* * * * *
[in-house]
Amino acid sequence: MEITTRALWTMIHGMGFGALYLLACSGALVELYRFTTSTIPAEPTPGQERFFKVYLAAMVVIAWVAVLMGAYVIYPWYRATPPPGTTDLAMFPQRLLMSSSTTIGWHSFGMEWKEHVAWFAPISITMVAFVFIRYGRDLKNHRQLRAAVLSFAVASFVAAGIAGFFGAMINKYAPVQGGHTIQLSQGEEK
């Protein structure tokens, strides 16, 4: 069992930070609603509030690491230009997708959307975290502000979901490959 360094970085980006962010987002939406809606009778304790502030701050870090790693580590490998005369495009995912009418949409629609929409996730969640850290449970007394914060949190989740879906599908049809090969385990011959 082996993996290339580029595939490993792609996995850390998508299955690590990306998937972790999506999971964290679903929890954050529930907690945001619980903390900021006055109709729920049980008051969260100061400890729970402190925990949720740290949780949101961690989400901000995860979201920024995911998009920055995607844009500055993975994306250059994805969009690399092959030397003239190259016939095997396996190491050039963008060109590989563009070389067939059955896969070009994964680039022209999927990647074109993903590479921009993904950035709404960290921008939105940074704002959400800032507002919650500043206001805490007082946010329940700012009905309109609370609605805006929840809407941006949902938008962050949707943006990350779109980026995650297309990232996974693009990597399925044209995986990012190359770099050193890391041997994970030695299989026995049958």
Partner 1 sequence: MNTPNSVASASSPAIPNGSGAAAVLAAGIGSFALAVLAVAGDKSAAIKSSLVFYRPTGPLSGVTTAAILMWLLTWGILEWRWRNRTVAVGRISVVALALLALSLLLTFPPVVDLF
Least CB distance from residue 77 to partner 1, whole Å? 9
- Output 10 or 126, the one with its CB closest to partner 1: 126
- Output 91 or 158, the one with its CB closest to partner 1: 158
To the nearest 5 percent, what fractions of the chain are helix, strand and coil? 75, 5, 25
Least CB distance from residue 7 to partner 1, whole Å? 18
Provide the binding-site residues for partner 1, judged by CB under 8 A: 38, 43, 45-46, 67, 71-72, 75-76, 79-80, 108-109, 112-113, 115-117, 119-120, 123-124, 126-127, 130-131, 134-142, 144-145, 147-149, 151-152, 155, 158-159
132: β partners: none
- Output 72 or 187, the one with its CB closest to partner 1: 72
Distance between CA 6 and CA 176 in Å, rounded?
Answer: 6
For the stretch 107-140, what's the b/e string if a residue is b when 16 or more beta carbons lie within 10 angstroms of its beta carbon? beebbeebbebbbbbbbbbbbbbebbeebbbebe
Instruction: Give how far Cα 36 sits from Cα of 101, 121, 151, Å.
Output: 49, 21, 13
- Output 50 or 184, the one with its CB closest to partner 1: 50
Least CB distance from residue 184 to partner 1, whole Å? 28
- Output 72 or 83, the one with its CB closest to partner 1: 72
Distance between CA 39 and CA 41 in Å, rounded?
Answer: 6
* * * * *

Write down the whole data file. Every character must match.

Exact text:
[in-house]
Amino acid sequence: MEITTRALWTMIHGMGFGALYLLACSGALVELYRFTTSTIPAEPTPGQERFFKVYLAAMVVIAWVAVLMGAYVIYPWYRATPPPGTTDLAMFPQRLLMSSSTTIGWHSFGMEWKEHVAWFAPISITMVAFVFIRYGRDLKNHRQLRAAVLSFAVASFVAAGIAGFFGAMINKYAPVQGGHTIQLSQGEEK
């Protein structure tokens, strides 16, 4: 069992930070609603509030690491230009997708959307975290502000979901490959 360094970085980006962010987002939406809606009778304790502030701050870090790693580590490998005369495009995912009418949409629609929409996730969640850290449970007394914060949190989740879906599908049809090969385990011959 082996993996290339580029595939490993792609996995850390998508299955690590990306998937972790999506999971964290679903929890954050529930907690945001619980903390900021006055109709729920049980008051969260100061400890729970402190925990949720740290949780949101961690989400901000995860979201920024995911998009920055995607844009500055993975994306250059994805969009690399092959030397003239190259016939095997396996190491050039963008060109590989563009070389067939059955896969070009994964680039022209999927990647074109993903590479921009993904950035709404960290921008939105940074704002959400800032507002919650500043206001805490007082946010329940700012009905309109609370609605805006929840809407941006949902938008962050949707943006990350779109980026995650297309990232996974693009990597399925044209995986990012190359770099050193890391041997994970030695299989026995049958």
Partner 1 sequence: MNTPNSVASASSPAIPNGSGAAAVLAAGIGSFALAVLAVAGDKSAAIKSSLVFYRPTGPLSGVTTAAILMWLLTWGILEWRWRNRTVAVGRISVVALALLALSLLLTFPPVVDLF
Least CB distance from residue 77 to partner 1, whole Å? 9
- Output 10 or 126, the one with its CB closest to partner 1: 126
- Output 91 or 158, the one with its CB closest to partner 1: 158
To the nearest 5 percent, what fractions of the chain are helix, strand and coil? 75, 5, 25
Least CB distance from residue 7 to partner 1, whole Å? 18
Provide the binding-site residues for partner 1, judged by CB under 8 A: 38, 43, 45-46, 67, 71-72, 75-76, 79-80, 108-109, 112-113, 115-117, 119-120, 123-124, 126-127, 130-131, 134-142, 144-145, 147-149, 151-152, 155, 158-159
132: β partners: none
- Output 72 or 187, the one with its CB closest to partner 1: 72
Distance between CA 6 and CA 176 in Å, rounded?
Answer: 6
For the stretch 107-140, what's the b/e string if a residue is b when 16 or more beta carbons lie within 10 angstroms of its beta carbon? beebbeebbebbbbbbbbbbbbbebbeebbbebe
Instruction: Give how far Cα 36 sits from Cα of 101, 121, 151, Å.
Output: 49, 21, 13
- Output 50 or 184, the one with its CB closest to partner 1: 50
Least CB distance from residue 184 to partner 1, whole Å? 28
- Output 72 or 83, the one with its CB closest to partner 1: 72
Distance between CA 39 and CA 41 in Å, rounded?
Answer: 6